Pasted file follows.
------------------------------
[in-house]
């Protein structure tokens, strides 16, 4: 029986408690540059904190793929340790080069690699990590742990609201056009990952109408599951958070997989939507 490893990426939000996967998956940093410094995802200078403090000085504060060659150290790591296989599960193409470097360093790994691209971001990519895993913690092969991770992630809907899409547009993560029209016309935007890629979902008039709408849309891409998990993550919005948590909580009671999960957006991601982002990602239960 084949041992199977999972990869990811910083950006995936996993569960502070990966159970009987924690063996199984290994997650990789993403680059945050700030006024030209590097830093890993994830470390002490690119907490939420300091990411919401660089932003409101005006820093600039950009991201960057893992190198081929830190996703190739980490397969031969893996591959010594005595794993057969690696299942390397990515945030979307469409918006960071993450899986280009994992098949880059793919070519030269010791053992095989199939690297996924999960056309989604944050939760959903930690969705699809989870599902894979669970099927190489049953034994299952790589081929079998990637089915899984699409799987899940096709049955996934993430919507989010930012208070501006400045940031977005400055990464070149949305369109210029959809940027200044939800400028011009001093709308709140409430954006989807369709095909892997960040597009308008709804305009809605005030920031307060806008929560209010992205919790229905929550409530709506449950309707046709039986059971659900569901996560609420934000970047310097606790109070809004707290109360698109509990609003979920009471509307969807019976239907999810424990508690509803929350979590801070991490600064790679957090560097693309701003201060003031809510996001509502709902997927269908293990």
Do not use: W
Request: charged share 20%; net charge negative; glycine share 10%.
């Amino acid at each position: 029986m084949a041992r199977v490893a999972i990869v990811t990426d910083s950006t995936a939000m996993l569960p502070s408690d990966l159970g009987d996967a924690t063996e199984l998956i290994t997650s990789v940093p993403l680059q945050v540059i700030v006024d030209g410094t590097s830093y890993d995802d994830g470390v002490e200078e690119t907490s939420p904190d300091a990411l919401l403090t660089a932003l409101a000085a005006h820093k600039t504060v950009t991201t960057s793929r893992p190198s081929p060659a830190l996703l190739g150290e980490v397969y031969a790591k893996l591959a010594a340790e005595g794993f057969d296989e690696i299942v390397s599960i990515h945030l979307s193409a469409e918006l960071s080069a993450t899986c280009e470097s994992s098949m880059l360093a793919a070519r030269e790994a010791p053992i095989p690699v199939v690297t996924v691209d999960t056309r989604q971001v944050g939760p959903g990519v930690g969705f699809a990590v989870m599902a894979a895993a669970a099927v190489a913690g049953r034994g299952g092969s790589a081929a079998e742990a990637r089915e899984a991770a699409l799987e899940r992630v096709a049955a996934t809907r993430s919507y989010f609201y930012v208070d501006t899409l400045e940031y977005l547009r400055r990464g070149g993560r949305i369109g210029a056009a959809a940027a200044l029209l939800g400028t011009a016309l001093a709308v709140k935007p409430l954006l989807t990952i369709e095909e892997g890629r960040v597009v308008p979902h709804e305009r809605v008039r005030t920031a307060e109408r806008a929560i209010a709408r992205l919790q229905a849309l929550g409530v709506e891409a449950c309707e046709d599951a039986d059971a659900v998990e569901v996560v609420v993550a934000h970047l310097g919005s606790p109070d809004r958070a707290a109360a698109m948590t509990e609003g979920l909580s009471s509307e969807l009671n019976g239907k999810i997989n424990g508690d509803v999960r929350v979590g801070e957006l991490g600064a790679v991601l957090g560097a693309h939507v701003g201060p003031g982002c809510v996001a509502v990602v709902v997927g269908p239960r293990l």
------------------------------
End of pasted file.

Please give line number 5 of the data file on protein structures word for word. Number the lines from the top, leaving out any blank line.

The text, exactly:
């Amino acid at each position: 029986m084949a041992r199977v490893a999972i990869v990811t990426d910083s950006t995936a939000m996993l569960p502070s408690d990966l159970g009987d996967a924690t063996e199984l998956i290994t997650s990789v940093p993403l680059q945050v540059i700030v006024d030209g410094t590097s830093y890993d995802d994830g470390v002490e200078e690119t907490s939420p904190d300091a990411l919401l403090t660089a932003l409101a000085a005006h820093k600039t504060v950009t991201t960057s793929r893992p190198s081929p060659a830190l996703l190739g150290e980490v397969y031969a790591k893996l591959a010594a340790e005595g794993f057969d296989e690696i299942v390397s599960i990515h945030l979307s193409a469409e918006l960071s080069a993450t899986c280009e470097s994992s098949m880059l360093a793919a070519r030269e790994a010791p053992i095989p690699v199939v690297t996924v691209d999960t056309r989604q971001v944050g939760p959903g990519v930690g969705f699809a990590v989870m599902a894979a895993a669970a099927v190489a913690g049953r034994g299952g092969s790589a081929a079998e742990a990637r089915e899984a991770a699409l799987e899940r992630v096709a049955a996934t809907r993430s919507y989010f609201y930012v208070d501006t899409l400045e940031y977005l547009r400055r990464g070149g993560r949305i369109g210029a056009a959809a940027a200044l029209l939800g400028t011009a016309l001093a709308v709140k935007p409430l954006l989807t990952i369709e095909e892997g890629r960040v597009v308008p979902h709804e305009r809605v008039r005030t920031a307060e109408r806008a929560i209010a709408r992205l919790q229905a849309l929550g409530v709506e891409a449950c309707e046709d599951a039986d059971a659900v998990e569901v996560v609420v993550a934000h970047l310097g919005s606790p109070d809004r958070a707290a109360a698109m948590t509990e609003g979920l909580s009471s509307e969807l009671n019976g239907k999810i997989n424990g508690d509803v999960r929350v979590g801070e957006l991490g600064a790679v991601l957090g560097a693309h939507v701003g201060p003031g982002c809510v996001a509502v990602v709902v997927g269908p239960r293990l």